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Baltimore Ravens

Five things we learned from the NFL scouting combine, including potential Ravens draft targets

From Ravens general manager Eric DeCosta’s comments on quarterback Lamar Jackson’s contract situation to the unsurprising defensive standouts of the NFL scouting combine, here are five things we learned in Indianapolis.

The Ravens will enter free agency without Lamar Jackson’s contract situation resolved.

In an ideal world for DeCosta, he wouldn’t have to answer a question (or four) about Jackson’s contract situation every time he’s made available to reporters. In that ideal world, Jackson would have already signed an extension this offseason keeping him in Baltimore beyond 2022, the last year of his rookie deal, and leaving the Ravens with another $5 million to $10 million of salary cap space.

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But Jackson does not have a certified player agent, someone who, out of fear of calamitous injury, would have been keen on getting a deal done sooner than later. And in representing himself, Jackson has been reluctant, according to DeCosta, to engage the Ravens in regular negotiations.

In an ideal world for Ravens GM Eric DeCosta, he wouldn’t have to answer a question (or four) about quarterback Lamar Jackson’s contract situation every time he’s made available to reporters. In that ideal world, Jackson would have already signed an extension this offseason keeping him in Baltimore beyond 2022.

During his news conference Wednesday at the combine, DeCosta was asked whether he was confident the team would get a deal done this offseason with the 2019 NFL Most Valuable Player. “I hope so, at some point, that we will,” he said. “I think we’ve discussed this at length, and I said this before: We will work at Lamar’s urgency. So he and I have had ongoing discussions. We’ve talked fairly recently as well. He knows how to find me; I know how to find him.”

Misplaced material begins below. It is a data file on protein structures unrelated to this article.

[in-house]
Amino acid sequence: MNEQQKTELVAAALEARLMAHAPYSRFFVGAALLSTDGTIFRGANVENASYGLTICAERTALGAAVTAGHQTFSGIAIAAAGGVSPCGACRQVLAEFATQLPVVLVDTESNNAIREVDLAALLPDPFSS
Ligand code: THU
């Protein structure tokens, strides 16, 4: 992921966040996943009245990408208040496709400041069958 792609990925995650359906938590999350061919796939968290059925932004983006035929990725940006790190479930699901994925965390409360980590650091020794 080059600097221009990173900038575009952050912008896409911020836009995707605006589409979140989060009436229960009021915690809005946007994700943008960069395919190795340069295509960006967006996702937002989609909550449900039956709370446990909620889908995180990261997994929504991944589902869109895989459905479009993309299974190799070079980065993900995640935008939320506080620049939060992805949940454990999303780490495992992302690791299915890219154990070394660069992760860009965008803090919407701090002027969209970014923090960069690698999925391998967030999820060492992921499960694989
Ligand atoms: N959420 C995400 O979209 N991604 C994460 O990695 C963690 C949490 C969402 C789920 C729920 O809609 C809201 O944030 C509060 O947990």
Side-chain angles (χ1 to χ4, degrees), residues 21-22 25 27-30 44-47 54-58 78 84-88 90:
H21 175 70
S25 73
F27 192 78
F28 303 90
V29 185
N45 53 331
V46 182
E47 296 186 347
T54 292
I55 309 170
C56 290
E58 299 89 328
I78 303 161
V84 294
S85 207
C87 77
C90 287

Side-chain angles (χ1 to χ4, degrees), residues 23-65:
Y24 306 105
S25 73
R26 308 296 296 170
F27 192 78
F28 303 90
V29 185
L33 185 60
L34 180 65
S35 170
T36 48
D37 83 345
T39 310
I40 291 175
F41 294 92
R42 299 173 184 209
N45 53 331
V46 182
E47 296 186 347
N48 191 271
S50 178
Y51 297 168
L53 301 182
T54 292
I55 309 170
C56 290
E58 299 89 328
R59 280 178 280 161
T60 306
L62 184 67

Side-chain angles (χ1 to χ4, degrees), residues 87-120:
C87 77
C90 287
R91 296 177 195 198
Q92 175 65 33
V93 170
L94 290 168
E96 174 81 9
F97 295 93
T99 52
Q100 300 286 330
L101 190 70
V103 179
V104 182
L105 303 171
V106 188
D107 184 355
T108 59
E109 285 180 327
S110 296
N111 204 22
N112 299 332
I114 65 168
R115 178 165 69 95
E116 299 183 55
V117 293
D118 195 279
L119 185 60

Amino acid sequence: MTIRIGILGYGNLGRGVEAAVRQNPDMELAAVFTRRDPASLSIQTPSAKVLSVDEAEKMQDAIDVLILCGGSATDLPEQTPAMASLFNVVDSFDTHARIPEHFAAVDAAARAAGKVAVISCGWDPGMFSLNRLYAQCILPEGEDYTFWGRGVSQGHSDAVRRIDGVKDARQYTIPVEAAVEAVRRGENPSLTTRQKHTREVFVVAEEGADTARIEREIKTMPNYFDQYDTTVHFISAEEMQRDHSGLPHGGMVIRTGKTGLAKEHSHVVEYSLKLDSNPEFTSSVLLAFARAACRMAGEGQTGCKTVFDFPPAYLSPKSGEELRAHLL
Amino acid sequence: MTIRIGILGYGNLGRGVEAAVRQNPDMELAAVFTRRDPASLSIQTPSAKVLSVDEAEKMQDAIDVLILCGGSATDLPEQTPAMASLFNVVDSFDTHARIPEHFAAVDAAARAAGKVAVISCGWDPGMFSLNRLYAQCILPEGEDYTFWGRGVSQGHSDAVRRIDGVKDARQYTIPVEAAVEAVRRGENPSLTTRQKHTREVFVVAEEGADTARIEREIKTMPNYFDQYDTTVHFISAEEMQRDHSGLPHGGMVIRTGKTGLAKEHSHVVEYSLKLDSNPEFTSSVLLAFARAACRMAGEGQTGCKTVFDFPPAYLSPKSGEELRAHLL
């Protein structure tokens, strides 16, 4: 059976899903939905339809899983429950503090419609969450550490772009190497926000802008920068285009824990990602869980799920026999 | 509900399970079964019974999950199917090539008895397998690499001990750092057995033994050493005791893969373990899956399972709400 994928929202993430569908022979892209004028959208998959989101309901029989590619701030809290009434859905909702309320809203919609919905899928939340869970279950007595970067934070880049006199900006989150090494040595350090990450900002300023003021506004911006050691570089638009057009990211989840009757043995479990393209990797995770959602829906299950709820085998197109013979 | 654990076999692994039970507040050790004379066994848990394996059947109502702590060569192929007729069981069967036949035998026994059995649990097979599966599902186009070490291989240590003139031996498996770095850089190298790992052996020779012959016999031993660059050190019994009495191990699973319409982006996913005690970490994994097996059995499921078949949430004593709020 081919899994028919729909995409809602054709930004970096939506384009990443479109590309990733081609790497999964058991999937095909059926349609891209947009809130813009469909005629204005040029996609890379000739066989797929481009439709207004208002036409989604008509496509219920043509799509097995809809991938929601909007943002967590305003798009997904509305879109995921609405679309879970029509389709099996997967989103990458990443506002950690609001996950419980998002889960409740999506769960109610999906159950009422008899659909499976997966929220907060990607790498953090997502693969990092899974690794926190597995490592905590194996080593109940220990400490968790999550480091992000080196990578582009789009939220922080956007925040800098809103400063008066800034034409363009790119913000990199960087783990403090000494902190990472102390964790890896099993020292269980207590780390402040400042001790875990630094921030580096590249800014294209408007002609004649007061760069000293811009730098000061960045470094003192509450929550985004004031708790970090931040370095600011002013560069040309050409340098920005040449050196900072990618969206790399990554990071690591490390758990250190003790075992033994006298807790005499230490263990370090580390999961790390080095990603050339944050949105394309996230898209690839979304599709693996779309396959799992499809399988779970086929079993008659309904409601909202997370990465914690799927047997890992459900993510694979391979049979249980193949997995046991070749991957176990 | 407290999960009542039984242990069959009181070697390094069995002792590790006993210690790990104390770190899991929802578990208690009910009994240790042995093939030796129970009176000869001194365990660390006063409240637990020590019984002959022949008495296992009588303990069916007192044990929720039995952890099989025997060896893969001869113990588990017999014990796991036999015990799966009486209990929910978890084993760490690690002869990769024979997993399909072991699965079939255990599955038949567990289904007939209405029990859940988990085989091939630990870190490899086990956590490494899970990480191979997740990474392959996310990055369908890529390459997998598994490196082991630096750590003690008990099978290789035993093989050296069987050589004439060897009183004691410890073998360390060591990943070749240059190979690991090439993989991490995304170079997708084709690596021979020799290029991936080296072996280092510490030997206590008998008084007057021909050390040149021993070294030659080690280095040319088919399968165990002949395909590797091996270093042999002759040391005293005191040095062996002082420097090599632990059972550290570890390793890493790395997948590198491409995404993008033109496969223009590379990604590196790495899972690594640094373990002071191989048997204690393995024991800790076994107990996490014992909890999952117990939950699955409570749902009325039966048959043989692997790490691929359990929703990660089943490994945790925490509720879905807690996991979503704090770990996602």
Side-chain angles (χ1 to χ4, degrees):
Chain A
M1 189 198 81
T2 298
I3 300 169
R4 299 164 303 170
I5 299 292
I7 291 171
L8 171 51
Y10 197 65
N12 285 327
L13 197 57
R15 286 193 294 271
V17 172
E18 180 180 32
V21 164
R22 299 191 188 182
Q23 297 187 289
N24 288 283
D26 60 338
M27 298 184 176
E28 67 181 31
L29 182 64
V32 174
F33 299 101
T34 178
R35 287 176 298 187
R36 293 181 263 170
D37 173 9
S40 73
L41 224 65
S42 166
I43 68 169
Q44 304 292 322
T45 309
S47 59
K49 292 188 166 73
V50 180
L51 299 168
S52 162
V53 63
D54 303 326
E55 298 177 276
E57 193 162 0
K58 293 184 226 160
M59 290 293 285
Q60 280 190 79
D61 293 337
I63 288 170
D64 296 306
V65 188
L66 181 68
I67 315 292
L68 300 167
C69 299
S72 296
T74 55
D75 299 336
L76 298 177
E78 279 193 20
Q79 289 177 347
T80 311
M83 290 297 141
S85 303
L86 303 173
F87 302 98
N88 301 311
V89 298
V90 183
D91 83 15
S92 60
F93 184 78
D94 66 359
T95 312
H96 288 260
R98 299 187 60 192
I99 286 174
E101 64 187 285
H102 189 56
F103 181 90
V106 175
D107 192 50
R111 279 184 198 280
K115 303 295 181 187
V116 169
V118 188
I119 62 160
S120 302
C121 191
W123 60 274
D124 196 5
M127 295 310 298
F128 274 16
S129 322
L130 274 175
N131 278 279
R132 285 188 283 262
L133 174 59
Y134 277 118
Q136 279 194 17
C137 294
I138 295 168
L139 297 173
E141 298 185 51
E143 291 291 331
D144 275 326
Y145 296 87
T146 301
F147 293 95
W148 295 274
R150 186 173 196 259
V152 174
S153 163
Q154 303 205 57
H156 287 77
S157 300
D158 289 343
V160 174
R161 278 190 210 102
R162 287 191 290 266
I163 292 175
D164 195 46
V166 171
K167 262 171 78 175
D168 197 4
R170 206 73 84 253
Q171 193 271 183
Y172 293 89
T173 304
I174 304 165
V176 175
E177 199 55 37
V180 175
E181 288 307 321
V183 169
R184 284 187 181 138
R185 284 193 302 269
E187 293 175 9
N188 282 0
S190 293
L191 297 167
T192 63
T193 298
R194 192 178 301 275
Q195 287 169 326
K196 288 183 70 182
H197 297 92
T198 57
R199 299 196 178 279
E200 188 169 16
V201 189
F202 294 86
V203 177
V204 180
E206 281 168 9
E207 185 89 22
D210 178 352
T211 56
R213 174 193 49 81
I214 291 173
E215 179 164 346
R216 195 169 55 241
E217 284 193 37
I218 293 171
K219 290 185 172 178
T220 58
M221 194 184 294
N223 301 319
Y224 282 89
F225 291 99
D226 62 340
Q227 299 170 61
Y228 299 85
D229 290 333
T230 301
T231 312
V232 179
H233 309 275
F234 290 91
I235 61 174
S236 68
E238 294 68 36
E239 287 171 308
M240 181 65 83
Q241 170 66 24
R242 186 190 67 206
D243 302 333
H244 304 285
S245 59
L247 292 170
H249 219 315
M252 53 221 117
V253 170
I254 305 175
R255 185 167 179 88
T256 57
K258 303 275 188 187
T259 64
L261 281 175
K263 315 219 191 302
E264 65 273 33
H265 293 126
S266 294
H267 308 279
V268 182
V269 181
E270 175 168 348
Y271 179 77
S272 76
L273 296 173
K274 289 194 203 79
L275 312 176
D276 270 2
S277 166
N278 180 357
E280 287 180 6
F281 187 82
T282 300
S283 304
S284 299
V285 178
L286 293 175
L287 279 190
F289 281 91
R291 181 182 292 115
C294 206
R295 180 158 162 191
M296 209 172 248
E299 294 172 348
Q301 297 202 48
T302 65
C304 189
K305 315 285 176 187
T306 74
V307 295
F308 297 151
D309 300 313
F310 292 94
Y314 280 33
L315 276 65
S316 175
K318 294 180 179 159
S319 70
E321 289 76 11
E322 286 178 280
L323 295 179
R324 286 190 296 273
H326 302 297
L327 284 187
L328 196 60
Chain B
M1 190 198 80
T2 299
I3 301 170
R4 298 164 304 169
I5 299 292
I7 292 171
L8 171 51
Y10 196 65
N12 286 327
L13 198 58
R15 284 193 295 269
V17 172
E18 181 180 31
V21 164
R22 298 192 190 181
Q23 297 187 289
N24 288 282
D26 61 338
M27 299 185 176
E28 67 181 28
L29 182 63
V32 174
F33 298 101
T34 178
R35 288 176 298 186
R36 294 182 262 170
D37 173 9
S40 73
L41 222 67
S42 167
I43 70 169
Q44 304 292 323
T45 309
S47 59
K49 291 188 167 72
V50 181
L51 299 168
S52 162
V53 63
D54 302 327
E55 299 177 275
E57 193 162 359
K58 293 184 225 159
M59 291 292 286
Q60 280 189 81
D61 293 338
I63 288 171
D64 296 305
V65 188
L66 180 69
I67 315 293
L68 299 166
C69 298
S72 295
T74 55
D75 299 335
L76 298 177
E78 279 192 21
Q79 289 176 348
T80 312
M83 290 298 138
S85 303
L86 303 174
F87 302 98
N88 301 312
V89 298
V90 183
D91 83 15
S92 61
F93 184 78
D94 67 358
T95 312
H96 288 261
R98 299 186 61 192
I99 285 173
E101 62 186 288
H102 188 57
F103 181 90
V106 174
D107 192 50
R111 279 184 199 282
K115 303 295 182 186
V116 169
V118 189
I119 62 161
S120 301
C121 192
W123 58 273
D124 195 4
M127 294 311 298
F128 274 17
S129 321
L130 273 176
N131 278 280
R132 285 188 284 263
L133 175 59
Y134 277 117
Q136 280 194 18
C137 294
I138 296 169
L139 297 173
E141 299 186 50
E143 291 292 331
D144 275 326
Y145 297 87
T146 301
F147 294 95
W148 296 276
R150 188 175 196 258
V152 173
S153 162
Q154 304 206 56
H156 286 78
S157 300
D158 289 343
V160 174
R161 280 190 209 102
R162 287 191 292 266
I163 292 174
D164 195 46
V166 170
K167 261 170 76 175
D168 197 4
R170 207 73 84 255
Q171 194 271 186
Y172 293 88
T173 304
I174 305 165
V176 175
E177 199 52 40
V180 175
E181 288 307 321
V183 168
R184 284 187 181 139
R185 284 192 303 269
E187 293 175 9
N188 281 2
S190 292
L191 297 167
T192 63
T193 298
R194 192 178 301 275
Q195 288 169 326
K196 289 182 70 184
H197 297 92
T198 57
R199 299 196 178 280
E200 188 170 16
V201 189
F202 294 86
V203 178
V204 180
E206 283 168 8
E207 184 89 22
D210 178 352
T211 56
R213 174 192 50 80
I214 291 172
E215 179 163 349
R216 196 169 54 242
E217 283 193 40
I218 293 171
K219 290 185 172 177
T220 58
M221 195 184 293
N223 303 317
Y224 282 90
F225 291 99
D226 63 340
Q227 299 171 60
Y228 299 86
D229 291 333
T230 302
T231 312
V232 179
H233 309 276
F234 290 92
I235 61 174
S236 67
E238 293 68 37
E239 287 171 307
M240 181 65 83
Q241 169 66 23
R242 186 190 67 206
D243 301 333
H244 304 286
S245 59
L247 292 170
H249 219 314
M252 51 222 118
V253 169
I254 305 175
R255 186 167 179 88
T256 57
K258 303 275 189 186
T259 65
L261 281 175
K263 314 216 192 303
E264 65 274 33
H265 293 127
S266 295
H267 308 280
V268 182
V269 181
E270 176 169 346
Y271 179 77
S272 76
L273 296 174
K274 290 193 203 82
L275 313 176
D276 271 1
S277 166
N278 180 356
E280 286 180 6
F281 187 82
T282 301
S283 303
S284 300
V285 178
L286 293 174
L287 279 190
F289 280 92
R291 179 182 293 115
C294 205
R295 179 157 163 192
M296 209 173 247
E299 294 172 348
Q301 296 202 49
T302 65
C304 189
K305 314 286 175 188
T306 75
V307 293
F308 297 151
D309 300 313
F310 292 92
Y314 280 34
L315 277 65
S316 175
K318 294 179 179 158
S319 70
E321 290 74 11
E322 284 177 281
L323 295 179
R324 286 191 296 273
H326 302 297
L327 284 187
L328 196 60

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In a separate session with local reporters, DeCosta added: “I think that it takes two sides to actively put their heads together and get the deal worked out. We are ready to be there for Lamar at any point when he decides that he really wants to work on it, we will be.”

Considering the slow pace of negotiations, it’s highly unlikely a deal gets done before the new league year starts March 16. That means the Ravens will enter free agency with no clarity on Jackson’s long-term future (a minor concern, given the power of the franchise tag) and not a lot of cap space to patch up a flawed roster (a far greater concern, given the number of starters they’ll likely lose).

A clearer snapshot of the Ravens’ spending power should come into focus this week. DeCosta said Wednesday that the front office would make roster moves and transactions in the “coming weeks.” Shedding offensive tackle Alejandro Villanueva’s contract, for instance, would give the Ravens $6 million in cap savings but a $3.3 million dead-money charge. Other cuts or restructures would help, too.

Will that be enough to keep center Bradley Bozeman or fullback Patrick Ricard or defensive lineman Calais Campbell? Maybe, maybe not.

“This is a week [where] we spent a lot of time looking at players, evaluating players, talking to players,” DeCosta said. “But we also spend a lot of time talking to agents and discussing players with agents and talking to GMs with other teams and coaches with other teams and really starting to build out what our strategy is going to be this offseason.”

Offensive line will be an offseason ‘emphasis,’ but how much of one?

The Ravens have learned the same hard lesson two years in a row: If you don’t have the offensive line depth to withstand injury, not even Jackson can get you out of trouble.

In 2020, the Ravens didn’t have a serviceable right tackle to protect their quarterback or a reliable center to snap him the ball in an AFC divisional-round playoff loss to the Buffalo Bills.